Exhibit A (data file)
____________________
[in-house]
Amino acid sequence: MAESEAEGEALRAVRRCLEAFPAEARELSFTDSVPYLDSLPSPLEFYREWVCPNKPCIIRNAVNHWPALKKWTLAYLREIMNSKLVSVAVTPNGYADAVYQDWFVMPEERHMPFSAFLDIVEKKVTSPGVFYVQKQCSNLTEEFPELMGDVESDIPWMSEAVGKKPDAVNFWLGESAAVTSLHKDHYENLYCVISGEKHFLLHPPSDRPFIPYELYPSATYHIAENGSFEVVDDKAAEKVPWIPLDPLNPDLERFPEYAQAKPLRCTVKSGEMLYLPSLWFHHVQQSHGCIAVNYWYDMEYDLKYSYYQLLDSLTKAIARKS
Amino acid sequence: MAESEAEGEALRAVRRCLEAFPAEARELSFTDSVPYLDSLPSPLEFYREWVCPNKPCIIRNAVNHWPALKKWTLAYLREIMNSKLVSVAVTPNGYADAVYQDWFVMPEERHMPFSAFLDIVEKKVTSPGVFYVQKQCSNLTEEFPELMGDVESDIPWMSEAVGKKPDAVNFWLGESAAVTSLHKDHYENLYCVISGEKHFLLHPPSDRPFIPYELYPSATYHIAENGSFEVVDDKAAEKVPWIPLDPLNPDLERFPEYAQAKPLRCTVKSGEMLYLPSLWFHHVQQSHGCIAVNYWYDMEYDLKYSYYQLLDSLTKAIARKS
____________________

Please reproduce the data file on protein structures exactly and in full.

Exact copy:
[in-house]
Amino acid sequence: MAESEAEGEALRAVRRCLEAFPAEARELSFTDSVPYLDSLPSPLEFYREWVCPNKPCIIRNAVNHWPALKKWTLAYLREIMNSKLVSVAVTPNGYADAVYQDWFVMPEERHMPFSAFLDIVEKKVTSPGVFYVQKQCSNLTEEFPELMGDVESDIPWMSEAVGKKPDAVNFWLGESAAVTSLHKDHYENLYCVISGEKHFLLHPPSDRPFIPYELYPSATYHIAENGSFEVVDDKAAEKVPWIPLDPLNPDLERFPEYAQAKPLRCTVKSGEMLYLPSLWFHHVQQSHGCIAVNYWYDMEYDLKYSYYQLLDSLTKAIARKS
Amino acid sequence: MAESEAEGEALRAVRRCLEAFPAEARELSFTDSVPYLDSLPSPLEFYREWVCPNKPCIIRNAVNHWPALKKWTLAYLREIMNSKLVSVAVTPNGYADAVYQDWFVMPEERHMPFSAFLDIVEKKVTSPGVFYVQKQCSNLTEEFPELMGDVESDIPWMSEAVGKKPDAVNFWLGESAAVTSLHKDHYENLYCVISGEKHFLLHPPSDRPFIPYELYPSATYHIAENGSFEVVDDKAAEKVPWIPLDPLNPDLERFPEYAQAKPLRCTVKSGEMLYLPSLWFHHVQQSHGCIAVNYWYDMEYDLKYSYYQLLDSLTKAIARKS